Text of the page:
08/21/2013, 00.00
BANGLADESH

More violence feared as Bangladesh teeters on the brink of a political crisis

Sumon Corraya
New round of elections at year’s end. For analysts and opposition, the climate is too tense, a transitional government is needed to prepare the country to vote. But the prime minister abolished it in 2011. The minority parties threaten to boycott vote.

Dhaka (AsiaNews) - A country "on the verge of a serious political crisis" that threatens to bring "fresh social instability and violence". This is how many analysts describe Bangladesh, as the nation draws ever closer to the general election. Blame for the current situation is being laid at the door of Sheikh Hasina, the current prime minister, leader of the Awami League and Muibur daughter of Sheikh Rahman, father of the country and leader of the independence of Bangladesh in 1971.

In view of the upcoming elections, scheduled for the end of 2013 and beginning of 2014, Hasina has stated she will not restore the caretaker government. It is an interim government - whose members do not belong to any party and are not in the running for the vote - which is given a 90 day mandate to organize elections. In 2011, however, the Prime Minister decided to abolish this body, with the 15th Amendment to the Constitution.

For some, however, the situation is too tense to go to a vote without a non-partisan government that can ensure transparency and fairness. Moreover, what is happening recalls the events of 2007/2008, when a state of emergency was imposed and power given to an interim government backed by the army. In fact, for nearly two years, Bangladesh remained in deadlock, in which civil and political rights were suspended.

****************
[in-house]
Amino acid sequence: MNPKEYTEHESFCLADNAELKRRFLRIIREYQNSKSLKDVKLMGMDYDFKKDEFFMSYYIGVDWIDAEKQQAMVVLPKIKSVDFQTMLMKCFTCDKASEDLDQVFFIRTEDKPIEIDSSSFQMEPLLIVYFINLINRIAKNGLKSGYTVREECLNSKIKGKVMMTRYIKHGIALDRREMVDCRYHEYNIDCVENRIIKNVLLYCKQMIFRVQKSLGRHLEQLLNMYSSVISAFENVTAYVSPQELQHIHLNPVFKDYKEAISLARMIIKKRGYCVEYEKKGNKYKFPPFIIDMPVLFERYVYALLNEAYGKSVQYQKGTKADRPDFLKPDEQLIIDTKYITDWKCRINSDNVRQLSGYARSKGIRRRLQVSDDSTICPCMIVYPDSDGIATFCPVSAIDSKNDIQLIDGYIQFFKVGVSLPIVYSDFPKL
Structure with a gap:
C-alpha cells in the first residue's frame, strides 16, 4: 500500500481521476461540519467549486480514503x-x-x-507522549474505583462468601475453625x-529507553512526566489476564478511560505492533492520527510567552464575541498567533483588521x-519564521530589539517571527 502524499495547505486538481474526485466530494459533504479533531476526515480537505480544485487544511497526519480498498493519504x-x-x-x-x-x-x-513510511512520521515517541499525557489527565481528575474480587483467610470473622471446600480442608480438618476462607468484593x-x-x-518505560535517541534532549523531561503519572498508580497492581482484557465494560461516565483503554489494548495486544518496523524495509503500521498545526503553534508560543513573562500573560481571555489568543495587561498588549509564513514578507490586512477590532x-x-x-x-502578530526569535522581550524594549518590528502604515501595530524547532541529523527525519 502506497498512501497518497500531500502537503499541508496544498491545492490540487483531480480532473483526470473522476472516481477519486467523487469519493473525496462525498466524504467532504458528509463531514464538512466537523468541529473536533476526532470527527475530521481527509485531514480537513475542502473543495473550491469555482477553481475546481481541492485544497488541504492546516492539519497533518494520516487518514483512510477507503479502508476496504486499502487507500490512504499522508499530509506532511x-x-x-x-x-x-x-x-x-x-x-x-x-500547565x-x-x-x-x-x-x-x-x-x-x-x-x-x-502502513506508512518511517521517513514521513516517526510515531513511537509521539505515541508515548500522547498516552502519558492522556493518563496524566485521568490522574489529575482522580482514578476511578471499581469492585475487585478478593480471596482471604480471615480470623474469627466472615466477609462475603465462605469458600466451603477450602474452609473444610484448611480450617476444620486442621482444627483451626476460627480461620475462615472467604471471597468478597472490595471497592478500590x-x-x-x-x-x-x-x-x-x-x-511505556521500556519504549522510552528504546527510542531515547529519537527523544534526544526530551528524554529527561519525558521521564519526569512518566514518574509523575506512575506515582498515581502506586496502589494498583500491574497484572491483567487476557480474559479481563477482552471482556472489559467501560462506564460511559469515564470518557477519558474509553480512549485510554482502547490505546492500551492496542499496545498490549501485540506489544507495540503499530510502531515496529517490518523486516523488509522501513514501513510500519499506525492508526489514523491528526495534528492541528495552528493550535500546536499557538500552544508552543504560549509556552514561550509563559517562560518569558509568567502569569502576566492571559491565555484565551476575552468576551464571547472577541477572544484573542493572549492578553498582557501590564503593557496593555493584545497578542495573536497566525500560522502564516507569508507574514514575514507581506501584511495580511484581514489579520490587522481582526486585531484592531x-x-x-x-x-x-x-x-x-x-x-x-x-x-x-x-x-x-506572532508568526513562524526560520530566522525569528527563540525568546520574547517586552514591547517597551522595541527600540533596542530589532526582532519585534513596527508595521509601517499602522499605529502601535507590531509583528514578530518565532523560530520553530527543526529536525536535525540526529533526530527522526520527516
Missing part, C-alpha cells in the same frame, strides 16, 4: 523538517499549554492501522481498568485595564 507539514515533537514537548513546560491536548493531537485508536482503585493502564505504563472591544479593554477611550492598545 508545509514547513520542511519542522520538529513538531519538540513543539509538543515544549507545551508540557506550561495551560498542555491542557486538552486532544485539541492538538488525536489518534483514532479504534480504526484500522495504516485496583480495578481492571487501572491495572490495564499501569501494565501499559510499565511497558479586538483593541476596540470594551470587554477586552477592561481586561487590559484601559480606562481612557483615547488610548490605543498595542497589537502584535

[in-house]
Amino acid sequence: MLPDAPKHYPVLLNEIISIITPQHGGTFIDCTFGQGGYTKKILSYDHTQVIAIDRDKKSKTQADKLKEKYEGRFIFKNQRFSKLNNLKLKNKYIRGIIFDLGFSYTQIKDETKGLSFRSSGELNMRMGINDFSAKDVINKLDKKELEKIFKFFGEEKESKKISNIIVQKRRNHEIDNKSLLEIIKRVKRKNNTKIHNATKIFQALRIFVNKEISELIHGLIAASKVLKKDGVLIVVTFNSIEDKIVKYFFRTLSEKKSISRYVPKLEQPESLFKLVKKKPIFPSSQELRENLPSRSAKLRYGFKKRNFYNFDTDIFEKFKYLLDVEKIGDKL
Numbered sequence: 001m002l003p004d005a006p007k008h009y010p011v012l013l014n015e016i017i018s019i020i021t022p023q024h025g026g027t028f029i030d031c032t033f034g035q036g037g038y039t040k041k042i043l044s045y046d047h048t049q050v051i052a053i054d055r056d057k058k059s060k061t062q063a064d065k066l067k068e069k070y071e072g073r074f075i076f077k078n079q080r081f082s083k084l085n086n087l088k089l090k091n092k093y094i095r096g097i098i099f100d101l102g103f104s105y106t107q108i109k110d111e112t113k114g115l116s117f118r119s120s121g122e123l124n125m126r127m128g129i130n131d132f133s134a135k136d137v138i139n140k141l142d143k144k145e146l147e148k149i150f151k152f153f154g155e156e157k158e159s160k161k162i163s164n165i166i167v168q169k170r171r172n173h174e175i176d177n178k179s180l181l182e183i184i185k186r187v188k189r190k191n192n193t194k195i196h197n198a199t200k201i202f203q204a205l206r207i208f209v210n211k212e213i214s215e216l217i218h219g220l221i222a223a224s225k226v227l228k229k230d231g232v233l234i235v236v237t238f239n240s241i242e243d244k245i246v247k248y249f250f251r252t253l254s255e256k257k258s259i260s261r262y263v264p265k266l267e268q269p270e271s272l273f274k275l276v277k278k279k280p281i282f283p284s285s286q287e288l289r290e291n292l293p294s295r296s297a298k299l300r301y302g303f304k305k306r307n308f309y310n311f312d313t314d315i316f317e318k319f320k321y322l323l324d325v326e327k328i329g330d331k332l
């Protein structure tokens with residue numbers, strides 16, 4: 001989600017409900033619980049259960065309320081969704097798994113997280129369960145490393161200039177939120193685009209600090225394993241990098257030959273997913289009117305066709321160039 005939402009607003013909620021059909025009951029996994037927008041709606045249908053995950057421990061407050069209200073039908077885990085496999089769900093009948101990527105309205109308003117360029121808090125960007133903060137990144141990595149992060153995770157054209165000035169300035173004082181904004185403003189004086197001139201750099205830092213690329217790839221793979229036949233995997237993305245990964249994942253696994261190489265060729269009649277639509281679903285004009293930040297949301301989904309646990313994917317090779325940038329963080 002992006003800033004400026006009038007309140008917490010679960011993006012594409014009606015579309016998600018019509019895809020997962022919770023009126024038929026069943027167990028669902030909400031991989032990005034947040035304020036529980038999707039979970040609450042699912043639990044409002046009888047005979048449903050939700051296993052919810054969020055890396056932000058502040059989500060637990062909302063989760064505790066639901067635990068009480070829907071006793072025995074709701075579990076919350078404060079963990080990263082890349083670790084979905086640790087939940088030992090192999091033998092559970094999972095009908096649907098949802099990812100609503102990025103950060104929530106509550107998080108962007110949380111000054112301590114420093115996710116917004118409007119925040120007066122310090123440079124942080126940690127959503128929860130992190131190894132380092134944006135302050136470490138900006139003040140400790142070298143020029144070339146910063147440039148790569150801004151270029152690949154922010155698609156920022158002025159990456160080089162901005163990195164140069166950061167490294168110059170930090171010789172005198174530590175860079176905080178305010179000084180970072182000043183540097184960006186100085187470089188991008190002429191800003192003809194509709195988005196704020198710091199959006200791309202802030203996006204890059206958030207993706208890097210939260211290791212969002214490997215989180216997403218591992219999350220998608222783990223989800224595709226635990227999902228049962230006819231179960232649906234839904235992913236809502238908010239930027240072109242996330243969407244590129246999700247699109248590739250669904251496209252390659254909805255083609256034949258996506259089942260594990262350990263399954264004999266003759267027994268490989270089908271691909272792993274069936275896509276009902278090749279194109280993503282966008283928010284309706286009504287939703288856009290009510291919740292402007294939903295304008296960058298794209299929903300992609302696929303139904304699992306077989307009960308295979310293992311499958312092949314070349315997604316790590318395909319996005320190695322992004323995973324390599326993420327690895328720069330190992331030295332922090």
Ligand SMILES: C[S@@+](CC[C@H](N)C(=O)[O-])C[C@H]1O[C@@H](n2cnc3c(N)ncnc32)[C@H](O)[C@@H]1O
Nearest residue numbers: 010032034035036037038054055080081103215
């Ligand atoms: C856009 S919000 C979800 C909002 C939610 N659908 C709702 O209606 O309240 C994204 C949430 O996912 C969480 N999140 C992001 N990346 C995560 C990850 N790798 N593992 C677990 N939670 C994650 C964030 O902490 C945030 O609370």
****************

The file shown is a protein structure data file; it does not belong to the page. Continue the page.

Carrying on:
The signs are all there: for months petty crime has increased, as well as vandalism. The verdicts of international war tribunals have further fuelled the climate of tension created by the Awami League to "give justice" to the victims of the liberation war (1971), in fact it is seen as a tool to decimate the leadership of the Islamic party (Jamaat -e-Islam). In turn Islamists have taken advantage of the lack of transparency of these trials to launch numerous hartal (strikes), which have all degenerated into riots and violence.

Faced with this situation, the Bangladesh Nationalist Party (BNP, leading opposition party) would like the Awami take a step back and restore the caretaker government. Otherwise, ago Mirza Fakhrul Islam Alamgir, BNP spokesman warned two days, "there will be no election, because no opposition will take part." Other minority parties have announced they will not participate in the vote if the situation were to remain as is. Hasina's mandate expires next October.

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